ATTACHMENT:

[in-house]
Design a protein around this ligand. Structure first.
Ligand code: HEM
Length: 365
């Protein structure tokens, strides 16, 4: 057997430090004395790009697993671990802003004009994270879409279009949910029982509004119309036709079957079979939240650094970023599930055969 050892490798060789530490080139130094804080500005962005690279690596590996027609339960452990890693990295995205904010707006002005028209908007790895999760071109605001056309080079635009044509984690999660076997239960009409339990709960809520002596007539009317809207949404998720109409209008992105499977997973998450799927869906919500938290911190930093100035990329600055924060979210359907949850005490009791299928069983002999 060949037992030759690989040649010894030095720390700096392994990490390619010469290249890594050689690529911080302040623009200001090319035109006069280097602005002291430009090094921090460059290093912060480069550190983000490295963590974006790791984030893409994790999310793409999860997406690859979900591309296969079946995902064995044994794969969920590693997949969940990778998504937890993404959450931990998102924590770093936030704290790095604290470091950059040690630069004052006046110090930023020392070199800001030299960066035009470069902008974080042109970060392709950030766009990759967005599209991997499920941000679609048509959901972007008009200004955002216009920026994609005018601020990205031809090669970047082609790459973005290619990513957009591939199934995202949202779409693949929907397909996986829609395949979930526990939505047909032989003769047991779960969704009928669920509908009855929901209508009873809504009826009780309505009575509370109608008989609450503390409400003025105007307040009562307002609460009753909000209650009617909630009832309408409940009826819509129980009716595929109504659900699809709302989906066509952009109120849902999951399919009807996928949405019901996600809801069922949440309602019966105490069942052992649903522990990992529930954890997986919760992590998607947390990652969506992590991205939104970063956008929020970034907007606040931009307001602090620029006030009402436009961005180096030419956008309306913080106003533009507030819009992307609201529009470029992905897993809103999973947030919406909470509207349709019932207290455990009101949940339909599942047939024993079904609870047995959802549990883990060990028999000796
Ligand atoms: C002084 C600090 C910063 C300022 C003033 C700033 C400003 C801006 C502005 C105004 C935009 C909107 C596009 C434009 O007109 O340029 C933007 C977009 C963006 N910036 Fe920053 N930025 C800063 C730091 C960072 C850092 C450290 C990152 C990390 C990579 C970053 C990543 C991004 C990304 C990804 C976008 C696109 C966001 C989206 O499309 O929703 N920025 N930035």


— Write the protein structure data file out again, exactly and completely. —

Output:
[in-house]
Design a protein around this ligand. Structure first.
Ligand code: HEM
Length: 365
């Protein structure tokens, strides 16, 4: 057997430090004395790009697993671990802003004009994270879409279009949910029982509004119309036709079957079979939240650094970023599930055969 050892490798060789530490080139130094804080500005962005690279690596590996027609339960452990890693990295995205904010707006002005028209908007790895999760071109605001056309080079635009044509984690999660076997239960009409339990709960809520002596007539009317809207949404998720109409209008992105499977997973998450799927869906919500938290911190930093100035990329600055924060979210359907949850005490009791299928069983002999 060949037992030759690989040649010894030095720390700096392994990490390619010469290249890594050689690529911080302040623009200001090319035109006069280097602005002291430009090094921090460059290093912060480069550190983000490295963590974006790791984030893409994790999310793409999860997406690859979900591309296969079946995902064995044994794969969920590693997949969940990778998504937890993404959450931990998102924590770093936030704290790095604290470091950059040690630069004052006046110090930023020392070199800001030299960066035009470069902008974080042109970060392709950030766009990759967005599209991997499920941000679609048509959901972007008009200004955002216009920026994609005018601020990205031809090669970047082609790459973005290619990513957009591939199934995202949202779409693949929907397909996986829609395949979930526990939505047909032989003769047991779960969704009928669920509908009855929901209508009873809504009826009780309505009575509370109608008989609450503390409400003025105007307040009562307002609460009753909000209650009617909630009832309408409940009826819509129980009716595929109504659900699809709302989906066509952009109120849902999951399919009807996928949405019901996600809801069922949440309602019966105490069942052992649903522990990992529930954890997986919760992590998607947390990652969506992590991205939104970063956008929020970034907007606040931009307001602090620029006030009402436009961005180096030419956008309306913080106003533009507030819009992307609201529009470029992905897993809103999973947030919406909470509207349709019932207290455990009101949940339909599942047939024993079904609870047995959802549990883990060990028999000796
Ligand atoms: C002084 C600090 C910063 C300022 C003033 C700033 C400003 C801006 C502005 C105004 C935009 C909107 C596009 C434009 O007109 O340029 C933007 C977009 C963006 N910036 Fe920053 N930025 C800063 C730091 C960072 C850092 C450290 C990152 C990390 C990579 C970053 C990543 C991004 C990304 C990804 C976008 C696109 C966001 C989206 O499309 O929703 N920025 N930035």